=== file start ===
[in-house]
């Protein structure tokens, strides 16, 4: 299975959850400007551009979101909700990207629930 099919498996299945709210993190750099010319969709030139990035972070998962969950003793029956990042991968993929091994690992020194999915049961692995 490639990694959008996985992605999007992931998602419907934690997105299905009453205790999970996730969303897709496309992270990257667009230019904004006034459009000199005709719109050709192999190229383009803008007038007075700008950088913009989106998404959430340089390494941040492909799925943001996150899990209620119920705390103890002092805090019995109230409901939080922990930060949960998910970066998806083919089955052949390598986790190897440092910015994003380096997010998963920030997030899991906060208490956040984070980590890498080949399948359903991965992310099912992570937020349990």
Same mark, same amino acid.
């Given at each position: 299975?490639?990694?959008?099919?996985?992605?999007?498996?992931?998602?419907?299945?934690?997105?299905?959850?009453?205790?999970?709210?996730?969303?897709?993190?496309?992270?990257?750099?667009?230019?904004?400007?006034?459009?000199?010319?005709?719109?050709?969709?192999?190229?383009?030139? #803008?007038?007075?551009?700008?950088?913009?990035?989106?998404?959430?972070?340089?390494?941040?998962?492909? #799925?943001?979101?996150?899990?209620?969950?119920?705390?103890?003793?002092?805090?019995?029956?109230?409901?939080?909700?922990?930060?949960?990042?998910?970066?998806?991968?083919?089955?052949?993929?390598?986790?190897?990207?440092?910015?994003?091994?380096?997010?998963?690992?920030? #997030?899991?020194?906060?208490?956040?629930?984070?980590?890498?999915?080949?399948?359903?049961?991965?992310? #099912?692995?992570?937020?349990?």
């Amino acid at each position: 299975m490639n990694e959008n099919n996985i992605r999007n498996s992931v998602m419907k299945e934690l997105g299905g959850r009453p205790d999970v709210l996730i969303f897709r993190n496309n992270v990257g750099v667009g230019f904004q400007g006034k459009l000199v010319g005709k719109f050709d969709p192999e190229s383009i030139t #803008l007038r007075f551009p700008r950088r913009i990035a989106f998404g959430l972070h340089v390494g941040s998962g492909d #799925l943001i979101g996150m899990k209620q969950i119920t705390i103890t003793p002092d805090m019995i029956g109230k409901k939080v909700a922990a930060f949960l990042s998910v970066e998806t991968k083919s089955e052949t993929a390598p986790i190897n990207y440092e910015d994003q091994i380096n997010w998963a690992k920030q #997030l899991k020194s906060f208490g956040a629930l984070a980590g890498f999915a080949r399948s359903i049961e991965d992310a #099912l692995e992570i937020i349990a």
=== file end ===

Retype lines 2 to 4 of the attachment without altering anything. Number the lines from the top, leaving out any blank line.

């Protein structure tokens, strides 16, 4: 299975959850400007551009979101909700990207629930 099919498996299945709210993190750099010319969709030139990035972070998962969950003793029956990042991968993929091994690992020194999915049961692995 490639990694959008996985992605999007992931998602419907934690997105299905009453205790999970996730969303897709496309992270990257667009230019904004006034459009000199005709719109050709192999190229383009803008007038007075700008950088913009989106998404959430340089390494941040492909799925943001996150899990209620119920705390103890002092805090019995109230409901939080922990930060949960998910970066998806083919089955052949390598986790190897440092910015994003380096997010998963920030997030899991906060208490956040984070980590890498080949399948359903991965992310099912992570937020349990």
Same mark, same amino acid.
């Given at each position: 299975?490639?990694?959008?099919?996985?992605?999007?498996?992931?998602?419907?299945?934690?997105?299905?959850?009453?205790?999970?709210?996730?969303?897709?993190?496309?992270?990257?750099?667009?230019?904004?400007?006034?459009?000199?010319?005709?719109?050709?969709?192999?190229?383009?030139? #803008?007038?007075?551009?700008?950088?913009?990035?989106?998404?959430?972070?340089?390494?941040?998962?492909? #799925?943001?979101?996150?899990?209620?969950?119920?705390?103890?003793?002092?805090?019995?029956?109230?409901?939080?909700?922990?930060?949960?990042?998910?970066?998806?991968?083919?089955?052949?993929?390598?986790?190897?990207?440092?910015?994003?091994?380096?997010?998963?690992?920030? #997030?899991?020194?906060?208490?956040?629930?984070?980590?890498?999915?080949?399948?359903?049961?991965?992310? #099912?692995?992570?937020?349990?």